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A FORMER "FATTY" RESPONSE TO MAURA KELLY

Posted Oct 28 2010 12:00am

Much was made about Maura Kelly/Marie Claire's article " Should 'Fatties' Get a Room?  (Even on TV?) ," and like many, I was completely outraged by what I read.  Still, I know my tendency to react emotionally - especially to a topic that hits home like this - so I wanted to wait a day before posting a response.   After giving it 24 hours, I'm outraged - but not at Maura Kelly.

Make no mistake:  what Maura Kelly wrote was not a wholly unpopular opinion.  In today's society, fat prejudice continues to remain one of the few socially acceptable forms of distrimination.   Fat jokes are funny!  It's funny to poke fun at fat people!  This is the message that is continually delivered in movies, tv, and comedy routines on a daily basis.  

As I made my way over to the Marie Claire website today, I was stuck by the irony of the ad that is featured on their home page:   Dove's Movement for Self-Esteem .  If I were a Dove exec, I'd be pulling that ad feature pronto.  Marie Claire has no intention of promoting self-esteem, as evident by the article in question still being sensationalized on it's site and all over the web.  Even in their feeble attempts to reach across the store to the plus size section of their demographic with their " Big Girl in a Skinny World " column, they miss the mark.  Articles like, "Ashley Falcon's Slimming Wardrobe Staples," and "Slimming Hair and Makeup Tricks" only confirm the message that is continually jammed down our throats (yes, pun intended):  SLIM is better.  SLIM is sexy.  SLIM is beautiful.  So do what you can to make yourself at least APPEAR slimmer! 

Personally, I happen to love fashion, beauty, and glamour.  I  celebrate that, and I do agree that I have more options in those departments now that I have lost 160 lbs.  But the interesting thing?  I have LESS self-esteem now, while my health is much better.  I embrace those fun, glitzy items and have fun with it, but my own personal self-esteem is a struggle.  This is most likely due to years of being told I was not acceptable in society, but also due to my own personal identity crisis as a now-slimmer woman.  As a heavy woman, I was confident!  I was secure!  I was beautiful!  Now, I'm thinner, and I realize that it makes no difference what the number is on the scale:  you'll always know there's something you can make "better."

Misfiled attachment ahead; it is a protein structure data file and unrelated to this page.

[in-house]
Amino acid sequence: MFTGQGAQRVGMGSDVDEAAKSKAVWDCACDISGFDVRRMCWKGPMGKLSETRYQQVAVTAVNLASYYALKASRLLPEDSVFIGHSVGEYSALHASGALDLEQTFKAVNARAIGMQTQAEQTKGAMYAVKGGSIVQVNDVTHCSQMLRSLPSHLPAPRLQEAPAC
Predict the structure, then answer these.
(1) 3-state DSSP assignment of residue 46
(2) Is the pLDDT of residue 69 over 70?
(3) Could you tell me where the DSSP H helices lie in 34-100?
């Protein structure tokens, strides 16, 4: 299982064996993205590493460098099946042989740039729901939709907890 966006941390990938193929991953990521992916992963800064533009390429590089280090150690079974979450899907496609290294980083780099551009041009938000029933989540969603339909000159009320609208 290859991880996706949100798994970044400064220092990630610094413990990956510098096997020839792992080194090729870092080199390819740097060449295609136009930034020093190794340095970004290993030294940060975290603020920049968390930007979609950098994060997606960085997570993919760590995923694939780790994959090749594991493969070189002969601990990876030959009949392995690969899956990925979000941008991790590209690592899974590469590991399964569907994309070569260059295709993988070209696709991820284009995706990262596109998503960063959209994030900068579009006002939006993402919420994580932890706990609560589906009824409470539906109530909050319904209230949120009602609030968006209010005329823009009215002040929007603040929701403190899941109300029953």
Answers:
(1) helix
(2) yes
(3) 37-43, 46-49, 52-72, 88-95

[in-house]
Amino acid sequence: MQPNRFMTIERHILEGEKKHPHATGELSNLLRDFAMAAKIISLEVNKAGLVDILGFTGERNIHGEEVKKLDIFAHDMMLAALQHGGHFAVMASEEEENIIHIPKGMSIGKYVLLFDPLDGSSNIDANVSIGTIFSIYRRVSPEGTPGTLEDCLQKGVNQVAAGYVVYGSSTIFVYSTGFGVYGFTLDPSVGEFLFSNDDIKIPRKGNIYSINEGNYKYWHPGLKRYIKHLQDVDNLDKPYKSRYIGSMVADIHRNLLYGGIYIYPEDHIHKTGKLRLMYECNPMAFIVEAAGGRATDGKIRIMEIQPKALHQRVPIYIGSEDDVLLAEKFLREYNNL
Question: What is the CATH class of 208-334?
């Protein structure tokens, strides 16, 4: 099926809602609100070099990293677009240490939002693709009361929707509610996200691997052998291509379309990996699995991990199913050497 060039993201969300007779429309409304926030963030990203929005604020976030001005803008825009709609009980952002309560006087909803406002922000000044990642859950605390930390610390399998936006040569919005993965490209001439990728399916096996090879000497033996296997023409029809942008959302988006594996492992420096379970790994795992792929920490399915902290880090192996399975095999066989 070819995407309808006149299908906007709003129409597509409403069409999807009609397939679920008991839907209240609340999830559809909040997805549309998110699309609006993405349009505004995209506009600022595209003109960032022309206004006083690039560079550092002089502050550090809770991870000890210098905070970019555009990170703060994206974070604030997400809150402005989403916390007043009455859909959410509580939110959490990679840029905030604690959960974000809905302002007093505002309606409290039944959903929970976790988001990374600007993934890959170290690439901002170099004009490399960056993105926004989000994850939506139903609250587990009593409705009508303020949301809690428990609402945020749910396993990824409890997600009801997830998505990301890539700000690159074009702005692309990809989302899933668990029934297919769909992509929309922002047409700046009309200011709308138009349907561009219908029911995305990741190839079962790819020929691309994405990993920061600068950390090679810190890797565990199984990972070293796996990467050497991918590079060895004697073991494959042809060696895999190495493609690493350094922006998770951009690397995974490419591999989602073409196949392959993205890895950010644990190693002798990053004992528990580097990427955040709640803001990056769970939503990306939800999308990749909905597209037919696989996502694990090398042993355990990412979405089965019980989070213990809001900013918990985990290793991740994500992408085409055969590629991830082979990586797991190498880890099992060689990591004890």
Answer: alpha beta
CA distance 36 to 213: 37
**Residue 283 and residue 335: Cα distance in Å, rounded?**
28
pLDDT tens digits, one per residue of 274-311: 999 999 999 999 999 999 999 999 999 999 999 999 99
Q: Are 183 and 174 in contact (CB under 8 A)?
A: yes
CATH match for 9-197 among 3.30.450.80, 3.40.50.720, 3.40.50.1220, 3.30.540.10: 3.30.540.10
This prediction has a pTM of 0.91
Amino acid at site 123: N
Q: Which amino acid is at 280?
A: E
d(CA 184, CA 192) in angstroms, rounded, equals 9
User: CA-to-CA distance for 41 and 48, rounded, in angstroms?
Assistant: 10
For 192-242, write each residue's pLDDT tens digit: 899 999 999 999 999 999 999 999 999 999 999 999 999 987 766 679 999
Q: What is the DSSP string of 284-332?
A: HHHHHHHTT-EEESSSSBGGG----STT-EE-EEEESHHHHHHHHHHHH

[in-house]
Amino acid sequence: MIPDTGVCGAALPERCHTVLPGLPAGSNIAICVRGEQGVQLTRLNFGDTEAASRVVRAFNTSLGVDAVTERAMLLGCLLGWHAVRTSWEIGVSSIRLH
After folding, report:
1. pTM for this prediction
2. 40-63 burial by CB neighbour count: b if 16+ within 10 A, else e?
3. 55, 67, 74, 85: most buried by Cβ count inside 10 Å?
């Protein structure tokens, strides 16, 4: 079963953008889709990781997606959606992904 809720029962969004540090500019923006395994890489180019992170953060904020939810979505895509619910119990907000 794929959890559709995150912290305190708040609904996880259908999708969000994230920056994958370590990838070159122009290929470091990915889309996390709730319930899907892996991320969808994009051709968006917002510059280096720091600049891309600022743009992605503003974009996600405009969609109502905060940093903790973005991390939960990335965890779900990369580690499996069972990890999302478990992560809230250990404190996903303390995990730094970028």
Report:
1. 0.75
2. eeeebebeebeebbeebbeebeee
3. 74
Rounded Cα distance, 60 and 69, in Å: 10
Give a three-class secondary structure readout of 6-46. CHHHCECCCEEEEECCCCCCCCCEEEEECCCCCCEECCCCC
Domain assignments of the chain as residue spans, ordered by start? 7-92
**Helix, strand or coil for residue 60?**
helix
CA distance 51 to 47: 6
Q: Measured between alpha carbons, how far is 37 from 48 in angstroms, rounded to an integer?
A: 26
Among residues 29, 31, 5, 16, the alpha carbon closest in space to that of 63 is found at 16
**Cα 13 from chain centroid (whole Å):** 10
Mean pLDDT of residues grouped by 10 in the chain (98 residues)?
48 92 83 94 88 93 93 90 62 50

I've watched a couple episodes of Mike & Molly, and I hated the show.  I found it to be very dumbed-down, stereotypical fat jokes.  My hope is that as the program grows in popularity, it will be less about the fat jokes, and more about humanity and acceptance of all shapes and sizes.  I think it's possible to be both funny and socially enlightening (Modern Family is a perfect example of that). One can only hope.

Like one of my favorite authors, Jen Lancaster , my reaction to Maura Kelly is one of pity.  I'm sure her original attempt was to be brave and/or funny, but the fact that she so readily and openly displayed not only her own personal prejudices, but her ignorance about obesity in general only serves to prove how deep the problem really is.  She's not the only one who feels this way, and she's certainly not going to be the only one who doesn't educate herself about obesity.

While I don't feel her follow-up apology was heartfelt, I do believe she struggles with many of the same self-esteem issues - just on the opposite end of the spectrum.  I don't believe the fallout of this has changed her  personal opinion about "fatties," only whether or not she'll be so public with her sharing her strong opinions in the future.  I feel for her, and I'm thankful that even in my own personal struggle with self-acceptance, my heart and mind are open to the various shape, sizes, ethnicities, sexual preferences  in our society.  I can't imagine having a heart full of such hate - especially brain-washed-by-the-media hate.  I feel for her, and can only hope that this experience will prompt her to do more research, and be more open-minded.

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